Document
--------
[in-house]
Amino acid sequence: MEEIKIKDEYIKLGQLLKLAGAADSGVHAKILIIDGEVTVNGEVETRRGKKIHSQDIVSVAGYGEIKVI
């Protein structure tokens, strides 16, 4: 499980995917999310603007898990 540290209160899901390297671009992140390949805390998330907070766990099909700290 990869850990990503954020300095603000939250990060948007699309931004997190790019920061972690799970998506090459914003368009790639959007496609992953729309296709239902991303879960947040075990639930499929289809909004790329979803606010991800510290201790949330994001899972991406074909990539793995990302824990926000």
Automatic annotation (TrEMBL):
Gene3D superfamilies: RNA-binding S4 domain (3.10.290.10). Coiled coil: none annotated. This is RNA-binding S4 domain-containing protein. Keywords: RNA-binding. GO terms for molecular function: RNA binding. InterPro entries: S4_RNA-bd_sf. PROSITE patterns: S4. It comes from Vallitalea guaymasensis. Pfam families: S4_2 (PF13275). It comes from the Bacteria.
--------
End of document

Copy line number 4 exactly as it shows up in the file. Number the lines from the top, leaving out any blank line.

Automatic annotation (TrEMBL):